By law, the credit reporting company must reinvestigate and correct erroneous information.67 In most circumstances, the agency is required to get back to you with the results of the investigation within 30 days.68 You should also contact the company that provided the inaccurate or incomplete information to the credit bureau and request a correction of its records. The creditor who supplied the information has a duty to correct and update the information.69
If the credit reporting company does not resolve the dispute to your satisfaction, you have a right to include a statement (in 100 words or less) explaining your side of the story.70 This statement must be attached to your credit report and provided to anyone who accesses your report in the future.71
If the credit reporting company modifies or removes bad information from your file, you have a right to request that they send the new credit report to any person who has received your report within the past six months.72 The agency must send a corrected report within 15 business days of your request. The agency cannot charge a fee for this service.73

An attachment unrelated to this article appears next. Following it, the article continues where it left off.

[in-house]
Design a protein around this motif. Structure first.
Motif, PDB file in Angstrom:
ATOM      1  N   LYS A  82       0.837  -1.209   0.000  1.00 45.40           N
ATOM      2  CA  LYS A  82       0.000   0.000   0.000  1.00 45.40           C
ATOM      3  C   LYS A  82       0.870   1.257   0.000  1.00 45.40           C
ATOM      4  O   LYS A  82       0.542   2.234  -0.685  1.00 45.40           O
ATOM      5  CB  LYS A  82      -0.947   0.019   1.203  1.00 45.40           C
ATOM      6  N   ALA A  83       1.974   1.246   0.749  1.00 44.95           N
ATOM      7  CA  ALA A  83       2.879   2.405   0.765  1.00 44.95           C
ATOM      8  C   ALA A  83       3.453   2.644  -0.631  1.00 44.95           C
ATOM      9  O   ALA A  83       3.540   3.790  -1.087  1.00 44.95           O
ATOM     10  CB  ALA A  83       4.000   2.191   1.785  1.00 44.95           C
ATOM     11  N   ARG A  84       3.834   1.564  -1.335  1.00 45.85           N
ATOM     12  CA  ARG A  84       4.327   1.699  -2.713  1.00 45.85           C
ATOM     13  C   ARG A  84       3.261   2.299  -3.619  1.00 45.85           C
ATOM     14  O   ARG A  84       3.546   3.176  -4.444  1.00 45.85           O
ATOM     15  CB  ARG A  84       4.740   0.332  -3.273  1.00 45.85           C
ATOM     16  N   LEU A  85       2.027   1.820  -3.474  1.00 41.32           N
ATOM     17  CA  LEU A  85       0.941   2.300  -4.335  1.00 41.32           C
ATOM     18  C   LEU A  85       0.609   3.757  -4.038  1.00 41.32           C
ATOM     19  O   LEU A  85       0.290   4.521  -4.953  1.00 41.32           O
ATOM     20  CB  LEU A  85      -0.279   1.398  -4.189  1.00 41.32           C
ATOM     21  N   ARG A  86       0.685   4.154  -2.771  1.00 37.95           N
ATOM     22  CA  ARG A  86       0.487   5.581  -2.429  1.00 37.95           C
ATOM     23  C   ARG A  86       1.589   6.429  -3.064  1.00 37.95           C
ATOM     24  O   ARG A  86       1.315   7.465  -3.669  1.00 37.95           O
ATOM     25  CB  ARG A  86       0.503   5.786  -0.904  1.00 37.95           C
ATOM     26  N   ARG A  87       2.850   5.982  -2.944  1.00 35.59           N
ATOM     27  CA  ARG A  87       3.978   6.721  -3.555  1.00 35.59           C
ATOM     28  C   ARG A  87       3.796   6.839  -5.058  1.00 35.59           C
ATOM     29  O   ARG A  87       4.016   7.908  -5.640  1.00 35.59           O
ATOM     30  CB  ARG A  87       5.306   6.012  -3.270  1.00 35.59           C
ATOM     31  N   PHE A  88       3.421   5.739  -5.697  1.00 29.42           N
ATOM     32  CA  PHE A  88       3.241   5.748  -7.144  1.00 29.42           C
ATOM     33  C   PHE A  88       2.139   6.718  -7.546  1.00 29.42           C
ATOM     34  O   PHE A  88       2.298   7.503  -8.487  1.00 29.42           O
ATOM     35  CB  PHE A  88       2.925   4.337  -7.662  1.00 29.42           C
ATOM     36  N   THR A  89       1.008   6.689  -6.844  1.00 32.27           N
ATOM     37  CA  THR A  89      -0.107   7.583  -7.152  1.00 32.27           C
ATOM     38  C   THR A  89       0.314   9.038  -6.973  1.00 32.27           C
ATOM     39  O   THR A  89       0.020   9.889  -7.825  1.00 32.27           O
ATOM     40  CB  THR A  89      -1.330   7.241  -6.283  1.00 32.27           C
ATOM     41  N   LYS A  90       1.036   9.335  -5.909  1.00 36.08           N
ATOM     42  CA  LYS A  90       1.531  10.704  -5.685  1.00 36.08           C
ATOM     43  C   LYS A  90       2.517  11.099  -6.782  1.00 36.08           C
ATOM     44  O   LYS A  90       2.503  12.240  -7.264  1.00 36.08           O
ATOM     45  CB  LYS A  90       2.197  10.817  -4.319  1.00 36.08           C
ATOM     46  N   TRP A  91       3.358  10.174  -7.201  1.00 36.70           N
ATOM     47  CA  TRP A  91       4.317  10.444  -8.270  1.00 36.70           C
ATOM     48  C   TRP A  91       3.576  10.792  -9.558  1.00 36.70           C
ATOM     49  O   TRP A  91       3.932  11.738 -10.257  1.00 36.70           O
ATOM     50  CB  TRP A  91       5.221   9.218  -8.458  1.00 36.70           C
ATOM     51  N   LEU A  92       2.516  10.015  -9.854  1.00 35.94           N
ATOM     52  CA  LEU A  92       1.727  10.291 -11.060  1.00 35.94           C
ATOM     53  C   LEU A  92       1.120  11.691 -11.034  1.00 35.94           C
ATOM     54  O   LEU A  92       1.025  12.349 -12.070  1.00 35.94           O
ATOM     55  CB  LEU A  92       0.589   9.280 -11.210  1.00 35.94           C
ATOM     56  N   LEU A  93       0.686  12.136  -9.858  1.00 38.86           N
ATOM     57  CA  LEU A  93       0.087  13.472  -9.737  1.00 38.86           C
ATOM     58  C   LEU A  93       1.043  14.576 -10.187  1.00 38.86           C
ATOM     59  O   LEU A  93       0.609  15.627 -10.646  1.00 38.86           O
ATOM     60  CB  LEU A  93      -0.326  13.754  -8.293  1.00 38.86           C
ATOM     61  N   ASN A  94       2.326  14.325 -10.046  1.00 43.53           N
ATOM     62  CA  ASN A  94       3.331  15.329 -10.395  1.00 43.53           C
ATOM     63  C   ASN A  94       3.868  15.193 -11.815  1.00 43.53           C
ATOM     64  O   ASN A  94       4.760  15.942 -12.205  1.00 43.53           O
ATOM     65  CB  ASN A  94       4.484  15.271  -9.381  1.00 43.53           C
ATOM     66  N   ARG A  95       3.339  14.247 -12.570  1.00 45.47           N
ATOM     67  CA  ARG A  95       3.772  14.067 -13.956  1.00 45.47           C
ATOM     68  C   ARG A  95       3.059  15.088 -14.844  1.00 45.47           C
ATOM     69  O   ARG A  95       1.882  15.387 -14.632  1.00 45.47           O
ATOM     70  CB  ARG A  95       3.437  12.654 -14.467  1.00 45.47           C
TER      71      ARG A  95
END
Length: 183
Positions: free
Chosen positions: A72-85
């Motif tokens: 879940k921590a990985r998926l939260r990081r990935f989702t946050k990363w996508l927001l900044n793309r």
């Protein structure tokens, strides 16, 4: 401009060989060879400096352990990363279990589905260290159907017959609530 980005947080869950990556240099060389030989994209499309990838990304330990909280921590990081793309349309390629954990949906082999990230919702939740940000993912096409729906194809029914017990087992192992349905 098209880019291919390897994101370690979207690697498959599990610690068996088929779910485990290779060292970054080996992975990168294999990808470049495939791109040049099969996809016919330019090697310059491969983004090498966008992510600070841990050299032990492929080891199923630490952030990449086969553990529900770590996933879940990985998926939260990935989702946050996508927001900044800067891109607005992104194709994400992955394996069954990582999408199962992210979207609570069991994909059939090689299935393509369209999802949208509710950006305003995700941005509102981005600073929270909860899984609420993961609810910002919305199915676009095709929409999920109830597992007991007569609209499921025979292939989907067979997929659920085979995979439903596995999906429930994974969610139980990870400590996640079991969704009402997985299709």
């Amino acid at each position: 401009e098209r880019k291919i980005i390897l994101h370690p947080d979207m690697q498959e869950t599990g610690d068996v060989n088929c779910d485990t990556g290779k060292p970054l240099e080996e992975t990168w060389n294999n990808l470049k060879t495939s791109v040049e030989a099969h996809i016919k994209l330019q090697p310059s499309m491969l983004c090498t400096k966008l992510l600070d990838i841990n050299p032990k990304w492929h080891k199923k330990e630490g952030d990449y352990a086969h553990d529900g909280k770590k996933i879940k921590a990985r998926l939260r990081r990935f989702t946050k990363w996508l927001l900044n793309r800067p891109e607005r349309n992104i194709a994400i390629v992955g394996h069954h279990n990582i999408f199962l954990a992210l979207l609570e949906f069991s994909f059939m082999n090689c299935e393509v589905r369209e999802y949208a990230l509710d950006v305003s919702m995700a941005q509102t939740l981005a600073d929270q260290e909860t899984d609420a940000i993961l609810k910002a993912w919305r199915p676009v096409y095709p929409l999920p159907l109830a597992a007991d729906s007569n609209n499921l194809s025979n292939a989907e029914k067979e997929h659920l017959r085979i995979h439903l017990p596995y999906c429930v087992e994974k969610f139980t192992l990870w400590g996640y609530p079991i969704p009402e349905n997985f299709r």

If you have bad credit because someone has stolen your personal or financial information, you may be the victim of identity fraud. For more information see Identity Theft or the Federal Trade Commission website Fighting Back Against Identity Theft.
If I have bad credit but have always paid my rent on time, can I get public or subsidized housing?
Your rent payment history is what is most important to a landlord. For some programs, it is a rule that you should not be denied housing based on bad credit if you can show that you always pay your rent on time.74 In order to demonstrate your rental payment history, ask for a copy of your rent ledger or a letter from former landlords, transitional living programs, or shelters (where a program fee was charged), or gather cancelled checks or money order receipts which demonstrate on-time rent payments. If you have paid your rent, you should always appeal a denial of housing based on poor credit history.
If I have bad credit, can a credit repair agency help me?